PEF and Cuomo reach a new deal
STEPHON JOHNSON Amsterdam News Staff | 11/10/2011, 10:39 a.m.
For state workers, it looks like layoffs have been averted and they finally have a contract.
The Public Employees Federation voted 27,718 to 11,645 to say yes to a labor agreement put on the table by New York State Gov. Andrew Cuomo, avoiding 3,500 layoffs in the process.
As part of the new agreement, there will be no salary increases for three years and a raise of 2 percent in 2014. The deal also includes a reimbursement for nine furlough days that is payable at the end of the agreement.
"Although this was a difficult decision for our members, it demonstrates they are willing to do their part to put New York State on a stable financial footing, as all New Yorkers should, and are helping to resolve a fiscal crisis for which they were not responsible," said PEF President Ken Brynien in a statement. "This agreement preserves our members' jobs and the services they provide. During this economic downturn, the state's citizens are more dependent on these vital services than ever in the wake of the flooding earlier this year.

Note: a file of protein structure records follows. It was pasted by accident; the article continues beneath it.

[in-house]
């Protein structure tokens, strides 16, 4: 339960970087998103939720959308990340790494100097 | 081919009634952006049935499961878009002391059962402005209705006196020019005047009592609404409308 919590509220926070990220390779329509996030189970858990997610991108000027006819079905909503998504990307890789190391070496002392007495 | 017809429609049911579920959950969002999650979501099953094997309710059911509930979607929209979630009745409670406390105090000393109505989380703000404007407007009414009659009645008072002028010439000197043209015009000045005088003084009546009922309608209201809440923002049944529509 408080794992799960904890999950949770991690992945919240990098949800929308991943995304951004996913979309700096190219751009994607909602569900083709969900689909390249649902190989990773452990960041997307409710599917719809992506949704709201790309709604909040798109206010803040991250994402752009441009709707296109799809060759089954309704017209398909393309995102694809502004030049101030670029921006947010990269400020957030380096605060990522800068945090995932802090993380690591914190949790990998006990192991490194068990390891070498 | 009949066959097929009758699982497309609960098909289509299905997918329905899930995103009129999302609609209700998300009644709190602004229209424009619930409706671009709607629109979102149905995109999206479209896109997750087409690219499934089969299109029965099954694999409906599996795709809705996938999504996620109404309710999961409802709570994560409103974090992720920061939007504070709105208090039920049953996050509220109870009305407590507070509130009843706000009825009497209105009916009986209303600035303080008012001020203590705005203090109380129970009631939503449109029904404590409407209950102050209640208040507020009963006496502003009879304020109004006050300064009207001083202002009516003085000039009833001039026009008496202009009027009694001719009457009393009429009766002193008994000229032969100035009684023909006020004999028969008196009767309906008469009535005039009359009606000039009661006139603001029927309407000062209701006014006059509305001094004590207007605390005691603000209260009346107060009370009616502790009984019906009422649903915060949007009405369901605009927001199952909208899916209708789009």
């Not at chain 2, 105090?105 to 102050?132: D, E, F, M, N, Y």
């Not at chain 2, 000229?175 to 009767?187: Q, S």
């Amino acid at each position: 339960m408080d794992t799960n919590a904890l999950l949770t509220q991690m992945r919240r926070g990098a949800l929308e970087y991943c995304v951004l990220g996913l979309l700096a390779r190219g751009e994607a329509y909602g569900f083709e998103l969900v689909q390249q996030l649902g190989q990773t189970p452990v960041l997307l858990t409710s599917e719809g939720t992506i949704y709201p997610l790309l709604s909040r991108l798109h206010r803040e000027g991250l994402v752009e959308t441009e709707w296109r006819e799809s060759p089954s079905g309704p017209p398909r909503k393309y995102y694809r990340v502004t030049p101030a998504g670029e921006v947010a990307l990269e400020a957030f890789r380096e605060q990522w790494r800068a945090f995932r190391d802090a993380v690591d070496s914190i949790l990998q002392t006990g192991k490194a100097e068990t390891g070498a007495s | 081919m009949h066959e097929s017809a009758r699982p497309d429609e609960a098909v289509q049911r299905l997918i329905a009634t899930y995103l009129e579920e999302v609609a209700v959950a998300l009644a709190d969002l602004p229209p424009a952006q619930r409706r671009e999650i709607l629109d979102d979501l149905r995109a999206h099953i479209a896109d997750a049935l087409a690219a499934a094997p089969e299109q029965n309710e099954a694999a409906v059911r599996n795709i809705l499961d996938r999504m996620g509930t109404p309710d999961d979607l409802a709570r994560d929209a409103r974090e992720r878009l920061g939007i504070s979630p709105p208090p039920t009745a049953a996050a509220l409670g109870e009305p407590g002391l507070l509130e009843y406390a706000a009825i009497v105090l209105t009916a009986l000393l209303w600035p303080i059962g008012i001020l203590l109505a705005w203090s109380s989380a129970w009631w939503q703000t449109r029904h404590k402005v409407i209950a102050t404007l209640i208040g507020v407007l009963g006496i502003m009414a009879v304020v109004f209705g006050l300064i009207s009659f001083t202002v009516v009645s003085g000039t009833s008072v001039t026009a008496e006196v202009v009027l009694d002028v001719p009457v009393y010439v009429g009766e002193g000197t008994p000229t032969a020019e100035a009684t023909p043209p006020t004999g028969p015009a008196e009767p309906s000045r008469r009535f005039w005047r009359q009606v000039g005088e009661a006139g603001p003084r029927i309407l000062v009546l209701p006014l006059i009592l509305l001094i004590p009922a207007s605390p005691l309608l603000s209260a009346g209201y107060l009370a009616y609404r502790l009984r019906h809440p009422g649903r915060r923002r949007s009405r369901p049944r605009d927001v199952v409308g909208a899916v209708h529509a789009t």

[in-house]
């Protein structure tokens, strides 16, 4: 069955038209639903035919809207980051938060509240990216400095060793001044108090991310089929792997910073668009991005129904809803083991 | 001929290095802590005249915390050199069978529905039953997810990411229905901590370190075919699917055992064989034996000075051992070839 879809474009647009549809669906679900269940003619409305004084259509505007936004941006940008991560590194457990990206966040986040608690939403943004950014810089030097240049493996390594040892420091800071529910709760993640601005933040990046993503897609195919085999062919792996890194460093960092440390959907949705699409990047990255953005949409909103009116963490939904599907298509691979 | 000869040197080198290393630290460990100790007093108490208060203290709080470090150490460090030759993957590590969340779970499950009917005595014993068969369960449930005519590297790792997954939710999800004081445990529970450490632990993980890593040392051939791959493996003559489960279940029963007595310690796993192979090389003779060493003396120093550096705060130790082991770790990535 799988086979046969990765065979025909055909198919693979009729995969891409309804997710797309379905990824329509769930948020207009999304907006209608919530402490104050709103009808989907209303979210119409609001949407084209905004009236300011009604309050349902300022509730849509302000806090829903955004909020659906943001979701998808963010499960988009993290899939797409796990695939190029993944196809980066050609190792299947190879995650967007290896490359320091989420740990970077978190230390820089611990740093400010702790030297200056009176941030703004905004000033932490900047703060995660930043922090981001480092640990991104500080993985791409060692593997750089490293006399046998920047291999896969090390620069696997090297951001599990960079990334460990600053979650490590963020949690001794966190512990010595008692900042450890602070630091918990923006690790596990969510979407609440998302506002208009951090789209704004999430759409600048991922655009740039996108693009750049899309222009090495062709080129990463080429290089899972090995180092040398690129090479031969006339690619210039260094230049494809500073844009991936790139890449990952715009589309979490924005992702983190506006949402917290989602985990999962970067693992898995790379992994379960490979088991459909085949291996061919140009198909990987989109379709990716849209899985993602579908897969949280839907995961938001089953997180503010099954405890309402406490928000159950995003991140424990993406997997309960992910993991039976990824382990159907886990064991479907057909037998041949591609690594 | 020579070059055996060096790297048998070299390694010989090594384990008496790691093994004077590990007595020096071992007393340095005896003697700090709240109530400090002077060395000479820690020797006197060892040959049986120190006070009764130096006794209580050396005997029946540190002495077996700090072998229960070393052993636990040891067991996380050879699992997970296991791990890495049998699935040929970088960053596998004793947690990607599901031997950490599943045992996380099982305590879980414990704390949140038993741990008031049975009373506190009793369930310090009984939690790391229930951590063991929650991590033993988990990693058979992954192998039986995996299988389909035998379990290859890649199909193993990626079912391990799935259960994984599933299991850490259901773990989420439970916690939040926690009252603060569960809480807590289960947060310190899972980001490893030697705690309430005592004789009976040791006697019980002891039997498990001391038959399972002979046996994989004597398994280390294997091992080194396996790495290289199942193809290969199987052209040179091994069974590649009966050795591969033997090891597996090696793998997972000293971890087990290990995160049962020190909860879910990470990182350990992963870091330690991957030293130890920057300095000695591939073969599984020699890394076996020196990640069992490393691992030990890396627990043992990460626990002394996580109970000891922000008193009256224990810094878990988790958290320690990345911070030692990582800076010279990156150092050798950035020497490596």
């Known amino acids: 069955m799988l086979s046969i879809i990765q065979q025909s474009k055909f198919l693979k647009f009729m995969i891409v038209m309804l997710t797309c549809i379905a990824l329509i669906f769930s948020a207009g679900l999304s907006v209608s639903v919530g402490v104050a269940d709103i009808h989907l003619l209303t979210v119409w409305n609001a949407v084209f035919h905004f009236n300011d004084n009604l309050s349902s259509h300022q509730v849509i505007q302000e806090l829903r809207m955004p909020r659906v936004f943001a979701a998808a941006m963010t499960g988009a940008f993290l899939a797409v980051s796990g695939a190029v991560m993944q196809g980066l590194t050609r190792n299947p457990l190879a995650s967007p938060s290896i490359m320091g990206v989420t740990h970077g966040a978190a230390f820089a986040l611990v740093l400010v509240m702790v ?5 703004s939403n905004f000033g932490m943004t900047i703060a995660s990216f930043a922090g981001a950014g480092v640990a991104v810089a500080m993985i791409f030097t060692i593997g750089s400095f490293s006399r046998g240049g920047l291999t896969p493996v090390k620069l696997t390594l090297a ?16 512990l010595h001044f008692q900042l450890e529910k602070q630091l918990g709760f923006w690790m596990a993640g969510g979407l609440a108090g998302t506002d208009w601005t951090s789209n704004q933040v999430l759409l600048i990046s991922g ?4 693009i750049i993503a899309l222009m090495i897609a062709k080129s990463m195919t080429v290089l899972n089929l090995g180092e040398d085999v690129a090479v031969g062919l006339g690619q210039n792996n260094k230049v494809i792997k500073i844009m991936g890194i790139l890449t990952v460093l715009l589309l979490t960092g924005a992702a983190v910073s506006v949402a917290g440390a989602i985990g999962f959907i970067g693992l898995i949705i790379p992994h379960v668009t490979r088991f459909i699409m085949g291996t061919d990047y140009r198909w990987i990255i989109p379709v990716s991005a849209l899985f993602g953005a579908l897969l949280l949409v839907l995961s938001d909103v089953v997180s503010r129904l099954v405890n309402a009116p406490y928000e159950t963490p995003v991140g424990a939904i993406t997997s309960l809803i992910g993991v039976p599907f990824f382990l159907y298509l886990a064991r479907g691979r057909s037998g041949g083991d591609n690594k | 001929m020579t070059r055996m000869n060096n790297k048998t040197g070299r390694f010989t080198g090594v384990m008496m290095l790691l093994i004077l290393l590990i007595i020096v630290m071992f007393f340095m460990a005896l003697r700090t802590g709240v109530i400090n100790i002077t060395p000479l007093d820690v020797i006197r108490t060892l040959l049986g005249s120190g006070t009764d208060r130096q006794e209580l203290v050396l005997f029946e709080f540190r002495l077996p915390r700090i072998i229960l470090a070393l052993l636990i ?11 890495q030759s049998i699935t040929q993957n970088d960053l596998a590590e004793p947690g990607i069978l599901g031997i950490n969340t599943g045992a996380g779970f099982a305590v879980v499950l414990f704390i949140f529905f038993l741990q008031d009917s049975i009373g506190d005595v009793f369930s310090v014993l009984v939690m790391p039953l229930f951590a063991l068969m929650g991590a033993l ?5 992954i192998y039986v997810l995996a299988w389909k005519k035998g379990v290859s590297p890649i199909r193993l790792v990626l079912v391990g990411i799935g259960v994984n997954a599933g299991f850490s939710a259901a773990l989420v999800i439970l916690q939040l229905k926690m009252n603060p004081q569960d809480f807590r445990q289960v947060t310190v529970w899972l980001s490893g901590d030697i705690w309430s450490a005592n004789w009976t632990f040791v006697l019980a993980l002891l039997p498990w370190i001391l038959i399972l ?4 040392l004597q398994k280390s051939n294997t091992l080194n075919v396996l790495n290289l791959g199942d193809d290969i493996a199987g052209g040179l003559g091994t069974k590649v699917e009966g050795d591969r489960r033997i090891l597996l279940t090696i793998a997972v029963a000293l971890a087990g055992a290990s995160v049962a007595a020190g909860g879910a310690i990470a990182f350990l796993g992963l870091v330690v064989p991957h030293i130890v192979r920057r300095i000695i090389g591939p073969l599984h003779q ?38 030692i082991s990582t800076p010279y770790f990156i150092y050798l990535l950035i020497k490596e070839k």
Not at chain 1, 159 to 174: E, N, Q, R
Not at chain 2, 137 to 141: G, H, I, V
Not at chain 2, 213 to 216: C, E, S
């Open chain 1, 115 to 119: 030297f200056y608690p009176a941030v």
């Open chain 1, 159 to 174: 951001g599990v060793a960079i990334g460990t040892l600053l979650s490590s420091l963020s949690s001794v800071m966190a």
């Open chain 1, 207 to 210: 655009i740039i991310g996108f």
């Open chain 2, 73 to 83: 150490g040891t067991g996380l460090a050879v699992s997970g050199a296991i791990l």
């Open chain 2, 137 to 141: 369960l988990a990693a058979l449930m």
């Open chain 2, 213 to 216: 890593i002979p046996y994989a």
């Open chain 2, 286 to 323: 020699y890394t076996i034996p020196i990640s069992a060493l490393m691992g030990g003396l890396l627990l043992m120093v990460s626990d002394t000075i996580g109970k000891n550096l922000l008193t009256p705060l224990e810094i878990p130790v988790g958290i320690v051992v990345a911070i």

"We are certain the governor understands the sacrifice our members have agreed to accept and recognizes the value PEF members and other public employees provide to the citizens of the state," Brynien continued.
Last week, Cuomo reacted to the vote during a news conference in Albany, saying it was a result of calm negotiations. "These are times of hyperbole and rhetoric and emotion and fear and frustration," he said. "And if you're not careful, the frustration and anxiety can win the day. This is slowing people down, providing people with information, removing the emotion [so that] cooler heads prevail for a better outcome for all."
In October, the AmNews reported that the PEF had rejected a deal with Cuomo that would have frozen wages and cut benefits. Without an agreement, the governor had threatened to lay off 3,500 employees. The first batch of layoffs was supposed to happen last month but was suspended until the union voted. Now the layoffs won't happen at all.
So what does Brynien think is the governor's next step?
"We now call on the governor, as part of his efforts to increase the efficiency of state government, to direct his attention to areas where PEF has highlighted cost savings," he said. "These areas include the elimination of wasteful contracting-out and reducing the state's excessive authorities, commissions and public benefit corporations that make up the state's shadow government."